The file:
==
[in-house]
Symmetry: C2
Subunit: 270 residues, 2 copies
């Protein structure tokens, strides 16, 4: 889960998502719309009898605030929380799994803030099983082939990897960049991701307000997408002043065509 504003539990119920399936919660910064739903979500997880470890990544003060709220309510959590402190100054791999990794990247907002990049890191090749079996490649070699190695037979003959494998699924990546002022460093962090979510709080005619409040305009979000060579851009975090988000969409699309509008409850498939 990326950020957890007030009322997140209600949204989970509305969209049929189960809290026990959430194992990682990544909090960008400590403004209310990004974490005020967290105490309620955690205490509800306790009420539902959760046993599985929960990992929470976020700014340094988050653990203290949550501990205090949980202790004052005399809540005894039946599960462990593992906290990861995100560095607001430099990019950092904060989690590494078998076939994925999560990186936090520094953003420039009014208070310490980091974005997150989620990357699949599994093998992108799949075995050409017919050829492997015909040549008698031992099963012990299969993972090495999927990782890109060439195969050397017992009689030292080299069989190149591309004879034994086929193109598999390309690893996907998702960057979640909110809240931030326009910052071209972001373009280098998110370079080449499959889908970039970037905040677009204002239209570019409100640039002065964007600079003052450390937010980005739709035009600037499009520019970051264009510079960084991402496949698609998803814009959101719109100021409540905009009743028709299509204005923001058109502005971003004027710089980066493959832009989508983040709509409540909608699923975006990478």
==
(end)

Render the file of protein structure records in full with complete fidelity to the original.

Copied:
[in-house]
Symmetry: C2
Subunit: 270 residues, 2 copies
């Protein structure tokens, strides 16, 4: 889960998502719309009898605030929380799994803030099983082939990897960049991701307000997408002043065509 504003539990119920399936919660910064739903979500997880470890990544003060709220309510959590402190100054791999990794990247907002990049890191090749079996490649070699190695037979003959494998699924990546002022460093962090979510709080005619409040305009979000060579851009975090988000969409699309509008409850498939 990326950020957890007030009322997140209600949204989970509305969209049929189960809290026990959430194992990682990544909090960008400590403004209310990004974490005020967290105490309620955690205490509800306790009420539902959760046993599985929960990992929470976020700014340094988050653990203290949550501990205090949980202790004052005399809540005894039946599960462990593992906290990861995100560095607001430099990019950092904060989690590494078998076939994925999560990186936090520094953003420039009014208070310490980091974005997150989620990357699949599994093998992108799949075995050409017919050829492997015909040549008698031992099963012990299969993972090495999927990782890109060439195969050397017992009689030292080299069989190149591309004879034994086929193109598999390309690893996907998702960057979640909110809240931030326009910052071209972001373009280098998110370079080449499959889908970039970037905040677009204002239209570019409100640039002065964007600079003052450390937010980005739709035009600037499009520019970051264009510079960084991402496949698609998803814009959101719109100021409540905009009743028709299509204005923001058109502005971003004027710089980066493959832009989508983040709509409540909608699923975006990478």